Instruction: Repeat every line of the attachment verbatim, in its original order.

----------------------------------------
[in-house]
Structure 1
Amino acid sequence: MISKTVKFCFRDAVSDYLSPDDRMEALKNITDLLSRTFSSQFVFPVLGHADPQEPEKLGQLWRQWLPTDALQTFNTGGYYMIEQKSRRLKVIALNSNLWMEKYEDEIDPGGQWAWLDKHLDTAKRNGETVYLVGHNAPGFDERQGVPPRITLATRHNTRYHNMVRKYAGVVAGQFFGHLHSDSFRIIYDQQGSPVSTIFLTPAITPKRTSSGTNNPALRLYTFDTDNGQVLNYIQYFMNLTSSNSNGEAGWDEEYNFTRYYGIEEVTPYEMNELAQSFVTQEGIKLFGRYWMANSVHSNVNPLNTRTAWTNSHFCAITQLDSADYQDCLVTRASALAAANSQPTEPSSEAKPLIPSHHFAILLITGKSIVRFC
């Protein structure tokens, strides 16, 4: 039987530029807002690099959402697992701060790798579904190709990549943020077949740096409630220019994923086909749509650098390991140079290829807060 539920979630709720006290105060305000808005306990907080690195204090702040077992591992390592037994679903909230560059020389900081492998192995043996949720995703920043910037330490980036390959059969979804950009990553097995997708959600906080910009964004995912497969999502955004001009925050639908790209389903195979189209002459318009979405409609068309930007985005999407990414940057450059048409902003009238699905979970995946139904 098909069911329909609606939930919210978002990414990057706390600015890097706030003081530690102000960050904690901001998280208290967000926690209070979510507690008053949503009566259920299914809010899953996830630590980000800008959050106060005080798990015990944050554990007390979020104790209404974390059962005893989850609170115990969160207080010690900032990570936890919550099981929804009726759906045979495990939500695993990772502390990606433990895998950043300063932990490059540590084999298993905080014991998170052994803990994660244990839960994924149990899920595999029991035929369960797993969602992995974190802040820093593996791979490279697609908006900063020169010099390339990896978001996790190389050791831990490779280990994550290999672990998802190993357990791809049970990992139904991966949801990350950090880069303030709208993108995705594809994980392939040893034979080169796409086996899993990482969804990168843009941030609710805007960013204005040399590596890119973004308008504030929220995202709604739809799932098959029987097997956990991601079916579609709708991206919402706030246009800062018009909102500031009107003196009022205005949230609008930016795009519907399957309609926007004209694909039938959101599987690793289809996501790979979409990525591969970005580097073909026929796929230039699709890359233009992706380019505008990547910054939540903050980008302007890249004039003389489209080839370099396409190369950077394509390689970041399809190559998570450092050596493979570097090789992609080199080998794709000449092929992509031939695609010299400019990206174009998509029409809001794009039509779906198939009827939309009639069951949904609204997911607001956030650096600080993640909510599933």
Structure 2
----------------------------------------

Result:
[in-house]
Structure 1
Amino acid sequence: MISKTVKFCFRDAVSDYLSPDDRMEALKNITDLLSRTFSSQFVFPVLGHADPQEPEKLGQLWRQWLPTDALQTFNTGGYYMIEQKSRRLKVIALNSNLWMEKYEDEIDPGGQWAWLDKHLDTAKRNGETVYLVGHNAPGFDERQGVPPRITLATRHNTRYHNMVRKYAGVVAGQFFGHLHSDSFRIIYDQQGSPVSTIFLTPAITPKRTSSGTNNPALRLYTFDTDNGQVLNYIQYFMNLTSSNSNGEAGWDEEYNFTRYYGIEEVTPYEMNELAQSFVTQEGIKLFGRYWMANSVHSNVNPLNTRTAWTNSHFCAITQLDSADYQDCLVTRASALAAANSQPTEPSSEAKPLIPSHHFAILLITGKSIVRFC
């Protein structure tokens, strides 16, 4: 039987530029807002690099959402697992701060790798579904190709990549943020077949740096409630220019994923086909749509650098390991140079290829807060 539920979630709720006290105060305000808005306990907080690195204090702040077992591992390592037994679903909230560059020389900081492998192995043996949720995703920043910037330490980036390959059969979804950009990553097995997708959600906080910009964004995912497969999502955004001009925050639908790209389903195979189209002459318009979405409609068309930007985005999407990414940057450059048409902003009238699905979970995946139904 098909069911329909609606939930919210978002990414990057706390600015890097706030003081530690102000960050904690901001998280208290967000926690209070979510507690008053949503009566259920299914809010899953996830630590980000800008959050106060005080798990015990944050554990007390979020104790209404974390059962005893989850609170115990969160207080010690900032990570936890919550099981929804009726759906045979495990939500695993990772502390990606433990895998950043300063932990490059540590084999298993905080014991998170052994803990994660244990839960994924149990899920595999029991035929369960797993969602992995974190802040820093593996791979490279697609908006900063020169010099390339990896978001996790190389050791831990490779280990994550290999672990998802190993357990791809049970990992139904991966949801990350950090880069303030709208993108995705594809994980392939040893034979080169796409086996899993990482969804990168843009941030609710805007960013204005040399590596890119973004308008504030929220995202709604739809799932098959029987097997956990991601079916579609709708991206919402706030246009800062018009909102500031009107003196009022205005949230609008930016795009519907399957309609926007004209694909039938959101599987690793289809996501790979979409990525591969970005580097073909026929796929230039699709890359233009992706380019505008990547910054939540903050980008302007890249004039003389489209080839370099396409190369950077394509390689970041399809190559998570450092050596493979570097090789992609080199080998794709000449092929992509031939695609010299400019990206174009998509029409809001794009039509779906198939009827939309009639069951949904609204997911607001956030650096600080993640909510599933």
Structure 2